I performed a longer story about two weeks ago. A bunch of my friends were there, like around 10 people. They brought friends. I’d practiced the story about 20 times. It was a 12+ minute story that I’d essentially memorized. I was the last performer on the roster. We were being recorded. I got up on stage, started my story…and three lines into it went totally blank. Then I began to panic. I mumbled. I castigated myself. I wanted to die. It was mortifying.
Someone yelled a prompt to get me back on track (“Tell us about the letter you wrote!”). That got me rolling again, but after my blunder I was totally rattled. My confidence was blown. My brain went on automatic pilot and I was telling the story by rote. I have a memory of saying the words to my story while a split off part of my brain was berating me: “You fucked up your story. Your friends are all here. You’re getting more and more nervous. Stop saying ‘Uh…'”
It was a mediocre performance. I didn’t feel good about it. Having people come up afterwards and say, “That was great!” just made it worse. I know that I am unusually hard on myself. But I also know when I’ve done well vs. badly.
It was mediocre because I’d checked out mentally. I wasn’t even there. I went someplace else. I do remember clutching the microphone in a death grip and willing the time to pass. I was in a spiral from which I could not recover.
Today I got the recording of this performance. I was not excited to listen to it. Instead, I was filled with dread. It was as flat and stilted as I’d suspected. I’m not even going to post it, although it may be published on a podcast eventually.
I contrast this experience with one I had a couple of nights ago, in the very same performance space. This was just an open mic. Last week I wrote up a couple of shorter stories and decided I’d tell one of them this week. I was so busy that I didn’t have a lot of time to rehearse it. I basically told it to myself once or twice, but it wasn’t “memorized.” Instead, I boiled it down to six or seven essential bullet points to talk around and confirmed with the host beforehand that it would be okay to refer to notes in this show.
I headed in to the city. I have felt like I’m coming down with something all week, and I’ve been sleep-deprived. So I felt crappy. On the drive in I developed a terrible headache. I got there — late — and was feeling very ambivalent about throwing my name in the bucket. But my storytelling class cohort said, “Go put your name in,” so I did. I was sitting there, digging around in my bag for Tylenol, and thinking, It’s fine if they don’t call my name. And it’s fine if they do. I don’t care about this.
My name got called. I went up, faced the same blinding stage lights, the same stupid microphone that had recorded indelibly my previous disaster, and I said, “I have a terrible headache and I haven’t prepared. I’m glad you called my name, as I’m sure you will be.” Right. I did two things: I decided to be honest about how I was feeling, and then I decided to wildly lower people’s expectations. Probably not the wisest way to introduce myself to an audience, but a couple people laughed and I felt like I had an explanation should I bomb again. Then I told the story, occasionally referring to my notes.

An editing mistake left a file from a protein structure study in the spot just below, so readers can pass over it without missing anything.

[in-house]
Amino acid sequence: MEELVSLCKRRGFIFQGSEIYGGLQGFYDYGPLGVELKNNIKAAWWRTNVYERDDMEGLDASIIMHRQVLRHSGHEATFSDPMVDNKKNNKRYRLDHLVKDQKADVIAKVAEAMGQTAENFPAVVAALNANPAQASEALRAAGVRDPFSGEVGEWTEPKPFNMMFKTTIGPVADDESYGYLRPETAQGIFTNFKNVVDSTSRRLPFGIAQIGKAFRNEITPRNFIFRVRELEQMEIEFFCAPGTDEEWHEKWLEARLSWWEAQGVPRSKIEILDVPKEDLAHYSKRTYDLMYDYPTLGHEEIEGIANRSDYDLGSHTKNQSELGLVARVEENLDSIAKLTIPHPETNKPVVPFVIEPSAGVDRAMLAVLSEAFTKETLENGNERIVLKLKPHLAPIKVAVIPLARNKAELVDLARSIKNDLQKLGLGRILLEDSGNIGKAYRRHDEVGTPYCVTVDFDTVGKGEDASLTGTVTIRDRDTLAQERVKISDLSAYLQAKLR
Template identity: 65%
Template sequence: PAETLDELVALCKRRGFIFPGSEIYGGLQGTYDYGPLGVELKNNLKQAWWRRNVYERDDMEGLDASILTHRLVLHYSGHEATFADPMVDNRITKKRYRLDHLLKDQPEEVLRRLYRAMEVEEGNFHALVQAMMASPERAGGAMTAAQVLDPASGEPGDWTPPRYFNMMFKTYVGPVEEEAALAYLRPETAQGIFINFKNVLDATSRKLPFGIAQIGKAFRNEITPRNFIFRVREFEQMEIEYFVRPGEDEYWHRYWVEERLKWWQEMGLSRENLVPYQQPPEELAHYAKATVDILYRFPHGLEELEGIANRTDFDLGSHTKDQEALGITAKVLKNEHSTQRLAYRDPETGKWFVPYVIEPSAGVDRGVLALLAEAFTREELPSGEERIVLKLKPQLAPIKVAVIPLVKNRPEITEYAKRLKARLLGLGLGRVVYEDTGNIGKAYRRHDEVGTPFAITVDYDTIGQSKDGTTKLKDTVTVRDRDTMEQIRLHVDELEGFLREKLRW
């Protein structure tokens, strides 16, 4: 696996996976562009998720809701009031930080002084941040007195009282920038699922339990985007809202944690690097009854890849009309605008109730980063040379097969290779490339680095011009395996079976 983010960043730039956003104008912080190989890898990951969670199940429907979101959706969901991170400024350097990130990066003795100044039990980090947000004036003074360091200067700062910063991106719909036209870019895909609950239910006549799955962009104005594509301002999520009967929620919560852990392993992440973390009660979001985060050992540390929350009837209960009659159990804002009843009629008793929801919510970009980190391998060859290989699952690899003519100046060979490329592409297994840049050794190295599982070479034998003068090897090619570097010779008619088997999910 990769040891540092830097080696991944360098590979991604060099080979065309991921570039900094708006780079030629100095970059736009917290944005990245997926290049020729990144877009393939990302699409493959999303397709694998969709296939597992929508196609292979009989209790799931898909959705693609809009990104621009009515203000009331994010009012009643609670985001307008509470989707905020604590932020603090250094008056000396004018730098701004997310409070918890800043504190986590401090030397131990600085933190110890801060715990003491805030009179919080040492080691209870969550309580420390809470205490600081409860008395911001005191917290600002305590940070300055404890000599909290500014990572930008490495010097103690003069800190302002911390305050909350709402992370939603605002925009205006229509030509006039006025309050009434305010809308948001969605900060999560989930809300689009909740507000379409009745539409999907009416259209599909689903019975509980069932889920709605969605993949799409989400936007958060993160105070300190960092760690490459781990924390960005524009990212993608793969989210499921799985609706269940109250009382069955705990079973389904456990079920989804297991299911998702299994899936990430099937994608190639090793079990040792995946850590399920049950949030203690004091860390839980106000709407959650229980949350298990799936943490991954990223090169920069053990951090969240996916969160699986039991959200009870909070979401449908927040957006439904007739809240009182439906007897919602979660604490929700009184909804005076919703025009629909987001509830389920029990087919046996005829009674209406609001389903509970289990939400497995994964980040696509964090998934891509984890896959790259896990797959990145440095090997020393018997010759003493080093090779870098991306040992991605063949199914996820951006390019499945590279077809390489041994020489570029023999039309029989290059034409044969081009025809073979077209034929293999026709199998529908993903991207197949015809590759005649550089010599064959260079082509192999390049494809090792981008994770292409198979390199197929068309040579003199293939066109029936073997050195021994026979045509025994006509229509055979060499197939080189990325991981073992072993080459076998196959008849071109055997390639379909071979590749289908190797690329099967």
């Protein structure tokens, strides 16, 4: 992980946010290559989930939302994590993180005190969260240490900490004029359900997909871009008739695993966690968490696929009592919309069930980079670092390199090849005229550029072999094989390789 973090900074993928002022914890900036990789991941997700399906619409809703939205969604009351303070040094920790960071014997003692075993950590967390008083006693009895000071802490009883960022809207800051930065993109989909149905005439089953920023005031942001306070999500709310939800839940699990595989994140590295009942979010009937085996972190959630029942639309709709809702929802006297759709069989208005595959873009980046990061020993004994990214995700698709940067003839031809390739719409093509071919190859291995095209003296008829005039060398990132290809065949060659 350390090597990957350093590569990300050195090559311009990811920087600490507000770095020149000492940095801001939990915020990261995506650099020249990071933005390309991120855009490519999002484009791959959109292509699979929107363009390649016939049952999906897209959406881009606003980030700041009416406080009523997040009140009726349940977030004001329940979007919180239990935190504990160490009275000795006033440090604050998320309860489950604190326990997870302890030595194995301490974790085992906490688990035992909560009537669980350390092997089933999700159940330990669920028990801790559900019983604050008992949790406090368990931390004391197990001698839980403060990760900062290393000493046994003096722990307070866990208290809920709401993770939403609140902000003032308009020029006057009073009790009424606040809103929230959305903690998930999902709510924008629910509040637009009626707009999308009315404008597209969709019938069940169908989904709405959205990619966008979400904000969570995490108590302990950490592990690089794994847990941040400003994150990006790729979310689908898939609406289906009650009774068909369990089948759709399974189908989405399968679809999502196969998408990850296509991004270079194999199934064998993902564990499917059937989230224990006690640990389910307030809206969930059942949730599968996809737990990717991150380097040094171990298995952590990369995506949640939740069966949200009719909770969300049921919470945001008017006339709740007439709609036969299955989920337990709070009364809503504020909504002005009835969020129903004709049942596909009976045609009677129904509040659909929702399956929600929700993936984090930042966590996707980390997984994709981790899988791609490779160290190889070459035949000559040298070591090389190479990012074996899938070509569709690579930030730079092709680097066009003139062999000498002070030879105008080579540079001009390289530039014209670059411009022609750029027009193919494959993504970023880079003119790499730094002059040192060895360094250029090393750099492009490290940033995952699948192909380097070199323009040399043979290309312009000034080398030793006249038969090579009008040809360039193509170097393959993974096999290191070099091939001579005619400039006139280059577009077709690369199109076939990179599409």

It went very well. I have never felt so relaxed on stage. I took my time. I had a few turns of phrases memorized, but nothing else. I didn’t care if people laughed in the “right” places. I looked at my bullet points once or twice, but otherwise winged it. I wish I had recorded myself on my iPhone because I think I would have liked what I heard.
There’s a bizarre lesson in here. I’m still trying to figure it out. Part of it has to do with the value of being unconcerned about outcome. There was no pressure on Wednesday, either from within or without. I also think that experiencing a lot of physical discomfort and being somewhat focused on that may have allowed me to not obsess about performing, and not whip myself up into an anxious frenzy in the process. There were moments on Wednesday evening when I was standing there, searching for the right words, along with the right way to combine them. There were moments of silence, as I considered and selected. They were liberating moments for me — not panicky and inadequate, but instead affirming. They gave me affirmation that if you memorize something, you risk two things: devastating failure should you lose your place, and a lifeless presentation that’s devoid of spontaneity. It’s bad to memorize. It’s also unnecessary. That was the essential lesson, I think.
I’m sorry that my friends and their friends (and strangers) paid to hear the crappy performance and missed the good (and free!) one on Wednesday. But I’m sure glad that I was there for it.